Instead, I pointed out, the mainstream media simply continues reveling in labeling people who question the official lone-nut theory of the assassination as "conspiracy theorists."
Well, who would have thunk it? Yesterday — the very same day I wrote my article and just three weeks before that October 26 deadline — the Washington Post published a super-snazzy article entitled "Will You Fall into the Conspiracy Theory Rabbit Hole? Take Our Quiz and Find Out."
No, the article did not even mention the upcoming October 26 deadline. It remained steadfastly silent on it, just as I pointed out in my article. The two authors of the article — Post staffers David Byler and Yan Wu — labeled those who question the official lone-nut theory of the assassination as "conspiracy theorists," predictably lumping them in with all sorts of other conspiracy theories in the process.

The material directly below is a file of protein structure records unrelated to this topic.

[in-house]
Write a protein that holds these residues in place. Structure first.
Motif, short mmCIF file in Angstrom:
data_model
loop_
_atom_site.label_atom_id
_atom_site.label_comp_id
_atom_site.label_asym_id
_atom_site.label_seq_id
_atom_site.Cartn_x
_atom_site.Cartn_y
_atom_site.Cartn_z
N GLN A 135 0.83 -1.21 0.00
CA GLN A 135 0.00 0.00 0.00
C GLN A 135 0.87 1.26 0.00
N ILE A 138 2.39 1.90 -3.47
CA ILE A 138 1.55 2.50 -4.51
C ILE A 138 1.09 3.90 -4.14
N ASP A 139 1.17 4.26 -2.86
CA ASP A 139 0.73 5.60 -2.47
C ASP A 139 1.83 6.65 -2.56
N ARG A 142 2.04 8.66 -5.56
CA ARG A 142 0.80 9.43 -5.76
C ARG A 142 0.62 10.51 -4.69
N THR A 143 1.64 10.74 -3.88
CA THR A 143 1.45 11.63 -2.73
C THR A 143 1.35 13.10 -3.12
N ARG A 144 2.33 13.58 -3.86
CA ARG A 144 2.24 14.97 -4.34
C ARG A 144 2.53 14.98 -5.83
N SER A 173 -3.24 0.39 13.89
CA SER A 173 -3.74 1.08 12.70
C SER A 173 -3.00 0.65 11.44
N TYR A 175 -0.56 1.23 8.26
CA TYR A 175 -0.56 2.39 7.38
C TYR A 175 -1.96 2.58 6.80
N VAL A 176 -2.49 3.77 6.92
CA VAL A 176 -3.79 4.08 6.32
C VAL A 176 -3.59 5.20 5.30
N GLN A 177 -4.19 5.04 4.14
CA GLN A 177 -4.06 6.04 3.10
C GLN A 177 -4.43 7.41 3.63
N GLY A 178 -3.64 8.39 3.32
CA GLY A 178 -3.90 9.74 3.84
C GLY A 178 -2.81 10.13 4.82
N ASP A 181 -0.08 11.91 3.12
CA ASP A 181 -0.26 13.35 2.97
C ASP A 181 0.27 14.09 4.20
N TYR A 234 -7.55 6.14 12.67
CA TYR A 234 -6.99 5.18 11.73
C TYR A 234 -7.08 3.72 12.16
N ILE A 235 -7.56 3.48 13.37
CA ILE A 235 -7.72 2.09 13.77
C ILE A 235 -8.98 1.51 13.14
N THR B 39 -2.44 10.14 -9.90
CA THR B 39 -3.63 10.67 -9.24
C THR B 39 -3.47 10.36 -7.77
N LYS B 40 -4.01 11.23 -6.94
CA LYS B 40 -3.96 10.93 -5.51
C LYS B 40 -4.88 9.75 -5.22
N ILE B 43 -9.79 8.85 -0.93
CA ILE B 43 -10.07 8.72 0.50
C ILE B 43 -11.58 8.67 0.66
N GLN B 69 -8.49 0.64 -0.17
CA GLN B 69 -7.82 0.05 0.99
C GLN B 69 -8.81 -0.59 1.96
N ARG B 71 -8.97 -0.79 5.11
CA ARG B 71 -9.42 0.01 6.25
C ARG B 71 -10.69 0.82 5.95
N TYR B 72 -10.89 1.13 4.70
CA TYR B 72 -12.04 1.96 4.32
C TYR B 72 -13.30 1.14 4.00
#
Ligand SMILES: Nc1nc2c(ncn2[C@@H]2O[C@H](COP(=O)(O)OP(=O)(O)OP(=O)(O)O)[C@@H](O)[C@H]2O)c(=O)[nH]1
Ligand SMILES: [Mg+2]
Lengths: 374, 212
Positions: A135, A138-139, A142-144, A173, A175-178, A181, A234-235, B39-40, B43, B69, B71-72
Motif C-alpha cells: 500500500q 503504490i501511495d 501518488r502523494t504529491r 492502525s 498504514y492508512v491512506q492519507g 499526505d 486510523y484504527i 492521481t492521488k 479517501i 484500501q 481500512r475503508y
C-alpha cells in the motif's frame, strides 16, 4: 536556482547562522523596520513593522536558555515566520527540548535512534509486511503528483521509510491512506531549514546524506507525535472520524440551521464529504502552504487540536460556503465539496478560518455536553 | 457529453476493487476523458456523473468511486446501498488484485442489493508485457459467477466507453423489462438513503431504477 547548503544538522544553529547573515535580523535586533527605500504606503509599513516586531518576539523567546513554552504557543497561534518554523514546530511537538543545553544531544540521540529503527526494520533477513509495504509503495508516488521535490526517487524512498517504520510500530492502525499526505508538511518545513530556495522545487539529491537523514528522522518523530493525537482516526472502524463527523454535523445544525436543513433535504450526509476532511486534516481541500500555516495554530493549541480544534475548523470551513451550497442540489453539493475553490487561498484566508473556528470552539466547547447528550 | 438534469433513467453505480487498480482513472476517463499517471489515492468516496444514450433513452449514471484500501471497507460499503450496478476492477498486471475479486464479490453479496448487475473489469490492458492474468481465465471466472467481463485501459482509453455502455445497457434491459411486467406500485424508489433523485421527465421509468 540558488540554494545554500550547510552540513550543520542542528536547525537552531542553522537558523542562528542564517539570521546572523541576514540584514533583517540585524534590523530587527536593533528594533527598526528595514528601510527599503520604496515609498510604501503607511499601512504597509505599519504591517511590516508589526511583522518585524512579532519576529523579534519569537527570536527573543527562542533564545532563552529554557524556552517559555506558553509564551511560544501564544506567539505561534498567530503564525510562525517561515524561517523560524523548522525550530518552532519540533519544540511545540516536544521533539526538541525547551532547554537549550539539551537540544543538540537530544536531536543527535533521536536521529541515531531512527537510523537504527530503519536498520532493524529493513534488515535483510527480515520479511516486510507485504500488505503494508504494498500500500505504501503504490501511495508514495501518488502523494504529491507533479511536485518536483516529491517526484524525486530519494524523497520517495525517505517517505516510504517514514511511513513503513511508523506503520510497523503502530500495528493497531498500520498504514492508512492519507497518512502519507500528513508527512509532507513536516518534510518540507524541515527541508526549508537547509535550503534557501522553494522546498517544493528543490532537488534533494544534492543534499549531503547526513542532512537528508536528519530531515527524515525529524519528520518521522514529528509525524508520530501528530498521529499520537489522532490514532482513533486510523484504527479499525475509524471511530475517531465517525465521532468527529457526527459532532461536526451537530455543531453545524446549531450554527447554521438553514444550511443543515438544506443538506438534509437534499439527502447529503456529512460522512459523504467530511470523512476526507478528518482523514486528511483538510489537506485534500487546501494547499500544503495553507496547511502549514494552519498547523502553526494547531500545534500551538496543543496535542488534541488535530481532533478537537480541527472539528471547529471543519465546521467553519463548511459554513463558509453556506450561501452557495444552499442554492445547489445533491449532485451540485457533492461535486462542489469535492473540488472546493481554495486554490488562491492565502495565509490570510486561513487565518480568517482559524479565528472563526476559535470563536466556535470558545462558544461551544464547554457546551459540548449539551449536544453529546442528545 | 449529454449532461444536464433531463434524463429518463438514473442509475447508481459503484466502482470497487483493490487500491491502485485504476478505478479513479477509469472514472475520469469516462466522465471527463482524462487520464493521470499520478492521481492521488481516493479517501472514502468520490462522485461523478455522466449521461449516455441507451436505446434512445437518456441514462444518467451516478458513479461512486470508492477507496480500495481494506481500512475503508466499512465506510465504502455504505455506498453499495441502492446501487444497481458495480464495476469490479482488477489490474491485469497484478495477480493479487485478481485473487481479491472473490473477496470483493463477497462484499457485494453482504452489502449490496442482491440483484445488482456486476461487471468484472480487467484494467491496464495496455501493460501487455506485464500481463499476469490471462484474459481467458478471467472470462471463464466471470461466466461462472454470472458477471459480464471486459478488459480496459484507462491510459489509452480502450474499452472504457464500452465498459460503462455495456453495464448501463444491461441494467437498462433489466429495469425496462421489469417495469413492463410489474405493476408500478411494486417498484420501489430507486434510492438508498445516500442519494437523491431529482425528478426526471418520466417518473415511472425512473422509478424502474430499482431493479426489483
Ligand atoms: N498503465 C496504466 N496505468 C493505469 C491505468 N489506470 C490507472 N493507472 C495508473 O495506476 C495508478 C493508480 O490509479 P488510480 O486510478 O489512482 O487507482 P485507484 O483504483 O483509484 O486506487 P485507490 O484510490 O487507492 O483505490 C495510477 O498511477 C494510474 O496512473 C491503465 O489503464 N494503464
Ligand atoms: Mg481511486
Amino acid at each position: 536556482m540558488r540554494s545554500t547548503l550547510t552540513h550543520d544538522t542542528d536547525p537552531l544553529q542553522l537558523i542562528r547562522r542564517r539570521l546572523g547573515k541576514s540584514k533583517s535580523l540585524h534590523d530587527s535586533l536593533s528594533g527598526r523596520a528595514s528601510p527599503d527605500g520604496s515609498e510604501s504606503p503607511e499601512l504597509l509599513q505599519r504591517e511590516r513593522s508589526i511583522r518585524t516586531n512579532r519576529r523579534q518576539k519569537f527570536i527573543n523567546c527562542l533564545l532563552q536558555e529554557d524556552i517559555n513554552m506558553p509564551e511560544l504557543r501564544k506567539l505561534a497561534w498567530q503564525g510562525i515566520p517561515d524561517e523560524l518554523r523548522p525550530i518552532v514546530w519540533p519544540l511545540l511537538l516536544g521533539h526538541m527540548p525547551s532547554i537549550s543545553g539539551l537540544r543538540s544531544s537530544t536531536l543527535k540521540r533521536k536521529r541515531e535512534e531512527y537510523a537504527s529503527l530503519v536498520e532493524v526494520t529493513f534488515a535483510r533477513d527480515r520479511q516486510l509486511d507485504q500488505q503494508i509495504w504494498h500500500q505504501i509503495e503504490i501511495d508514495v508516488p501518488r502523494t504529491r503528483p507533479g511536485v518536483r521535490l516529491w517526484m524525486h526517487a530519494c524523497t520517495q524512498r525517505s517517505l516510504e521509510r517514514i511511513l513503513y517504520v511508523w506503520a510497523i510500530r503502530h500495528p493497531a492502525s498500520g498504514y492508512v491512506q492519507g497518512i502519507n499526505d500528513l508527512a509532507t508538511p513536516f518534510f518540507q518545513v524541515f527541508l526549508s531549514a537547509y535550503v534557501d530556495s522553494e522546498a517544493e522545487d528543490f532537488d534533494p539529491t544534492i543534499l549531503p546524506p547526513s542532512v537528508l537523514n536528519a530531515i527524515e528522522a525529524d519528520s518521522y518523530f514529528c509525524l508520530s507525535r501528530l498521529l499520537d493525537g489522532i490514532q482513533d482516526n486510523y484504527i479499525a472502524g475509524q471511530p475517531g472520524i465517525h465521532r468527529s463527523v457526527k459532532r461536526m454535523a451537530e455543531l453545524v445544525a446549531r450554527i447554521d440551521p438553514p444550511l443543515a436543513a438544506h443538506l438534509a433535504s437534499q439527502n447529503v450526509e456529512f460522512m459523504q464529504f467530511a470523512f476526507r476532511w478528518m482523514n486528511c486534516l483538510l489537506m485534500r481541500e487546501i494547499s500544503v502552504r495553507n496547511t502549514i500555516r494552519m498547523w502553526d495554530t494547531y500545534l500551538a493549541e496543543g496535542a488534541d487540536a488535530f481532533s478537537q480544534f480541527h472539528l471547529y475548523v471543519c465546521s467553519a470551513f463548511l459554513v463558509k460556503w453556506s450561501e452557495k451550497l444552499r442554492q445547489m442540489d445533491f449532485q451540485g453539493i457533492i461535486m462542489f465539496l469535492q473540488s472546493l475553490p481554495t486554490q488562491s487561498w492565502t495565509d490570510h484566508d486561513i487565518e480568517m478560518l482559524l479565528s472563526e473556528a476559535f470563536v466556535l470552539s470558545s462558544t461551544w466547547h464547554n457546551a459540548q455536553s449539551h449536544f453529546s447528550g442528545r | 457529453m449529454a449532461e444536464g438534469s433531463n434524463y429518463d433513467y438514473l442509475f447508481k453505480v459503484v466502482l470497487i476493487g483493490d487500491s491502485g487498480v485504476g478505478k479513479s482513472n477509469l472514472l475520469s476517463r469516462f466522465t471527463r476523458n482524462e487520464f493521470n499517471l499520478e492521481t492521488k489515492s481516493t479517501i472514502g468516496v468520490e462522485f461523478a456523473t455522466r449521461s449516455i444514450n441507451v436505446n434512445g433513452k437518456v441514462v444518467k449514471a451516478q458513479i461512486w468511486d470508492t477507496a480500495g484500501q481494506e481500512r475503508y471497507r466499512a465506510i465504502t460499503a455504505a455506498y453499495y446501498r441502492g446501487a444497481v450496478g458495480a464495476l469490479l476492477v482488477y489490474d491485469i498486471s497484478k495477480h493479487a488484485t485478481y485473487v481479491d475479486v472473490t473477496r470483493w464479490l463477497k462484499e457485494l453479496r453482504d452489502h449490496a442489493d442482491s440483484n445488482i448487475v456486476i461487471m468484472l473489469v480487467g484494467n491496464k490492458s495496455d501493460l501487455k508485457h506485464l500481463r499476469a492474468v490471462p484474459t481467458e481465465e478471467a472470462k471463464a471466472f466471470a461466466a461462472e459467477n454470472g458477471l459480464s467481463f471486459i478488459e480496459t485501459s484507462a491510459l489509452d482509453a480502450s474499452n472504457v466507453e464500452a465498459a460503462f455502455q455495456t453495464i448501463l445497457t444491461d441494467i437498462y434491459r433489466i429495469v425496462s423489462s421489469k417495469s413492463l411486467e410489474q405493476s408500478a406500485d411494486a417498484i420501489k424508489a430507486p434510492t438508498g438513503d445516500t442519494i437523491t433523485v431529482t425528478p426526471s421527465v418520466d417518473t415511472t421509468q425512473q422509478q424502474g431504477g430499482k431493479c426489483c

However, in doing this, Byler and Wu made an an intriguing point, one that isn't often found in mainstream articles on the Kennedy assassination. They wrote:
The Reagan administration acted secretly and illegally in the Iran-contra affair, and the FBI did spy on King. But the key difference is that these real incidents are backed up by evidence, facts and witnesses. Conspiracy theories are different. They're just theories. Most have no evidence to support them. They often connect unrelated facts to create an impression of plausibility.
Okay, we might now be getting somewhere. So, the question is: Is there evidence to support the fact that the national-security establishment orchestrated and carried out a highly sophisticated regime-change operation against President Kennedy, ostensibly to protect the nation from Kennedy's policies, which were deemed to be a grave threat to national security?